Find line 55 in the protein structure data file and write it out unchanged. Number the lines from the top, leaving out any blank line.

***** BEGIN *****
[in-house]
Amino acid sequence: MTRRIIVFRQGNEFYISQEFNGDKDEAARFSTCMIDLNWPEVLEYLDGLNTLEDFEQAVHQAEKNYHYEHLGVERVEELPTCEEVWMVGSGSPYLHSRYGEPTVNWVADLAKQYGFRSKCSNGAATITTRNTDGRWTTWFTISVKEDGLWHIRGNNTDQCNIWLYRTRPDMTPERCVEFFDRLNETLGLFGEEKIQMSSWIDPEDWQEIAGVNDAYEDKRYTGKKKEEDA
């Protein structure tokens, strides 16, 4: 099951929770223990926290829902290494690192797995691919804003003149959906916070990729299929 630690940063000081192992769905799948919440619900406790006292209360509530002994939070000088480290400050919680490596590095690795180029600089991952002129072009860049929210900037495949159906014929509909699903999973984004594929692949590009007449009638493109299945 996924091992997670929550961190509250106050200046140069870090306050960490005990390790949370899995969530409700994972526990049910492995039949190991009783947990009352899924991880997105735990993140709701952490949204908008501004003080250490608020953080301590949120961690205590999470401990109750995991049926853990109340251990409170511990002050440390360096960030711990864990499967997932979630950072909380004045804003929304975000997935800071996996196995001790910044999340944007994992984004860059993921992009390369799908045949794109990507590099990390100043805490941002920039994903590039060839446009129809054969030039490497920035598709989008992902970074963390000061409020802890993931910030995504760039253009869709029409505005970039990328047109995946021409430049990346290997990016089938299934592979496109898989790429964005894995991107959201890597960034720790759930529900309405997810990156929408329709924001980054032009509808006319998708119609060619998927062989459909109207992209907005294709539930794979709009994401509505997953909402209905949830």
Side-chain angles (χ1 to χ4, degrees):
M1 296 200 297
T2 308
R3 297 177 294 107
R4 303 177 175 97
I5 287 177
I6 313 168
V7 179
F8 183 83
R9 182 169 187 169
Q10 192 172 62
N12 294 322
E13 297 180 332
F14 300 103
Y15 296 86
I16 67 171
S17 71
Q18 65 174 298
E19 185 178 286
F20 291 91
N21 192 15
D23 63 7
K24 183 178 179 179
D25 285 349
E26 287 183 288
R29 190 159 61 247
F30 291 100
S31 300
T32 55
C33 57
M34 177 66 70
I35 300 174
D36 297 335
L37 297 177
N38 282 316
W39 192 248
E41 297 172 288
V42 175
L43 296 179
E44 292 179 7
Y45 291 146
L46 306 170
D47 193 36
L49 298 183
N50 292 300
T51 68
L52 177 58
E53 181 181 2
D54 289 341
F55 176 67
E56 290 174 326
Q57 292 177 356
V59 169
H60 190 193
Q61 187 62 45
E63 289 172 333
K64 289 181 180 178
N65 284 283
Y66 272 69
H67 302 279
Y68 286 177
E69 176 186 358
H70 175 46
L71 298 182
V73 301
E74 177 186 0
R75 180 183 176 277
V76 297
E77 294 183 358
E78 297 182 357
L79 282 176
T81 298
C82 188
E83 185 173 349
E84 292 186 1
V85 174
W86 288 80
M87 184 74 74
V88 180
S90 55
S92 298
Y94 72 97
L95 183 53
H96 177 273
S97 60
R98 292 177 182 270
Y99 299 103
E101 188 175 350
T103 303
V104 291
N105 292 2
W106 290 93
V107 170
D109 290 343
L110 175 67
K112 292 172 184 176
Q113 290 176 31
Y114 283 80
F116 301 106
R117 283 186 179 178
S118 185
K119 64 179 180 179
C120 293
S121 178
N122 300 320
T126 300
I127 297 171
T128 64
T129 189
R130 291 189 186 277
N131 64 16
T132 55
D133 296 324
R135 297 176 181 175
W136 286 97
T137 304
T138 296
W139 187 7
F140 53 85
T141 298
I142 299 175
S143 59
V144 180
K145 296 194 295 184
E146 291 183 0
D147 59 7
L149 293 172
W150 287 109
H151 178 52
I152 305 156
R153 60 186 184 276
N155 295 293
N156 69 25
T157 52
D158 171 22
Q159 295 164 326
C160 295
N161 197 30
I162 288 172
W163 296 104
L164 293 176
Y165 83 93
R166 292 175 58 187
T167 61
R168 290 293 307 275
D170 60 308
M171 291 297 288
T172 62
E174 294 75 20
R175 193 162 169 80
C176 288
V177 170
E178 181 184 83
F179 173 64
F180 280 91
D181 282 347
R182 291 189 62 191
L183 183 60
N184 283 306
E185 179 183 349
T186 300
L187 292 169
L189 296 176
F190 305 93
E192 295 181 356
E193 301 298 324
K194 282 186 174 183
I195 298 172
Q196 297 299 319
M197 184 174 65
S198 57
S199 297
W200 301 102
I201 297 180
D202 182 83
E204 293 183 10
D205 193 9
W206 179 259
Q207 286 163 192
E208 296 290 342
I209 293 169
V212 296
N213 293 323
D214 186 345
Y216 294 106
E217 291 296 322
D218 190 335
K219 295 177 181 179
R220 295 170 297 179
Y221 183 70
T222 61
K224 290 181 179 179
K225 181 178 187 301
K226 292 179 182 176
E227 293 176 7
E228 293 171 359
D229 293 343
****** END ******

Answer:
Q57 292 177 356